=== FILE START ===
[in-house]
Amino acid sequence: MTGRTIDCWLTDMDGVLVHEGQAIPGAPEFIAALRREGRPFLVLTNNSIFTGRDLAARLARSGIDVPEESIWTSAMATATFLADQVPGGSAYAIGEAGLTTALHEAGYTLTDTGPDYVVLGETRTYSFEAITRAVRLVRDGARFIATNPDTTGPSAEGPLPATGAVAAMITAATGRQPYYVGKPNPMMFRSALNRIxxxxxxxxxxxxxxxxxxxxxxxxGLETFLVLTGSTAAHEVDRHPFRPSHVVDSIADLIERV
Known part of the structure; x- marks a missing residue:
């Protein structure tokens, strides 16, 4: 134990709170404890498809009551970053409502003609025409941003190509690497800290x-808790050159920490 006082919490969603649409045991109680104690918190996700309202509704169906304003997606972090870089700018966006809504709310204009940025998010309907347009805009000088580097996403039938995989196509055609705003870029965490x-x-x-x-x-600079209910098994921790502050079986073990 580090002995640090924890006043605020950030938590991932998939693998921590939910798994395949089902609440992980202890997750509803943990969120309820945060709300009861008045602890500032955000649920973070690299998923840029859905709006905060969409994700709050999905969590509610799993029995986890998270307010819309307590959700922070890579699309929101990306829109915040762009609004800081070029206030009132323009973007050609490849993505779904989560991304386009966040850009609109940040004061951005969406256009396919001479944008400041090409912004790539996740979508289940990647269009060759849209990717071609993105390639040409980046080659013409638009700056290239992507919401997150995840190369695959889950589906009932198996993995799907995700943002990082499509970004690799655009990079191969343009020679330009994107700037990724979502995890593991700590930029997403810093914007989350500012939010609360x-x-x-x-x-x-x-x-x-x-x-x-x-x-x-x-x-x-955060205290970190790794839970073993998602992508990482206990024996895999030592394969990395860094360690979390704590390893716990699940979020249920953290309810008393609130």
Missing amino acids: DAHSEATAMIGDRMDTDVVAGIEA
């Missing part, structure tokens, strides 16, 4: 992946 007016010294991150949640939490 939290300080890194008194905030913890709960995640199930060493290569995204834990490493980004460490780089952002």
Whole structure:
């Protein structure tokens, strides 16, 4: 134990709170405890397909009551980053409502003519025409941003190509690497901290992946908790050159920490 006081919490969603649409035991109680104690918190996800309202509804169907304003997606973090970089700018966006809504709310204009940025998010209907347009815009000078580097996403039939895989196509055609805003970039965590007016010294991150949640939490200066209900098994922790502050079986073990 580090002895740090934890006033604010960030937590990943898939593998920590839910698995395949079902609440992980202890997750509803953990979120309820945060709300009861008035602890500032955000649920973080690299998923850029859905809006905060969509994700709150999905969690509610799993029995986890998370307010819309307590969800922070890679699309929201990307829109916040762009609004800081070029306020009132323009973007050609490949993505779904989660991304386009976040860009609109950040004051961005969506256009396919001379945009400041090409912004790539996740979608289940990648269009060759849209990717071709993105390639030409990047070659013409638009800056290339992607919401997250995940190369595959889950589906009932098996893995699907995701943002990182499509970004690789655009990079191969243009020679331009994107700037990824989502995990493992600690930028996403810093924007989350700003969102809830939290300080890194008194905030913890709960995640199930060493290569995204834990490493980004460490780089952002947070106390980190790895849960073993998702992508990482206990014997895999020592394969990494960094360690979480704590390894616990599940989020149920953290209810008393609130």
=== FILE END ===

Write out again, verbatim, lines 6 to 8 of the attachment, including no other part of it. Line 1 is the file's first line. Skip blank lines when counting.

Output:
């Missing part, structure tokens, strides 16, 4: 992946 007016010294991150949640939490 939290300080890194008194905030913890709960995640199930060493290569995204834990490493980004460490780089952002």
Whole structure:
């Protein structure tokens, strides 16, 4: 134990709170405890397909009551980053409502003519025409941003190509690497901290992946908790050159920490 006081919490969603649409035991109680104690918190996800309202509804169907304003997606973090970089700018966006809504709310204009940025998010209907347009815009000078580097996403039939895989196509055609805003970039965590007016010294991150949640939490200066209900098994922790502050079986073990 580090002895740090934890006033604010960030937590990943898939593998920590839910698995395949079902609440992980202890997750509803953990979120309820945060709300009861008035602890500032955000649920973080690299998923850029859905809006905060969509994700709150999905969690509610799993029995986890998370307010819309307590969800922070890679699309929201990307829109916040762009609004800081070029306020009132323009973007050609490949993505779904989660991304386009976040860009609109950040004051961005969506256009396919001379945009400041090409912004790539996740979608289940990648269009060759849209990717071709993105390639030409990047070659013409638009800056290339992607919401997250995940190369595959889950589906009932098996893995699907995701943002990182499509970004690789655009990079191969243009020679331009994107700037990824989502995990493992600690930028996403810093924007989350700003969102809830939290300080890194008194905030913890709960995640199930060493290569995204834990490493980004460490780089952002947070106390980190790895849960073993998702992508990482206990014997895999020592394969990494960094360690979480704590390894616990599940989020149920953290209810008393609130």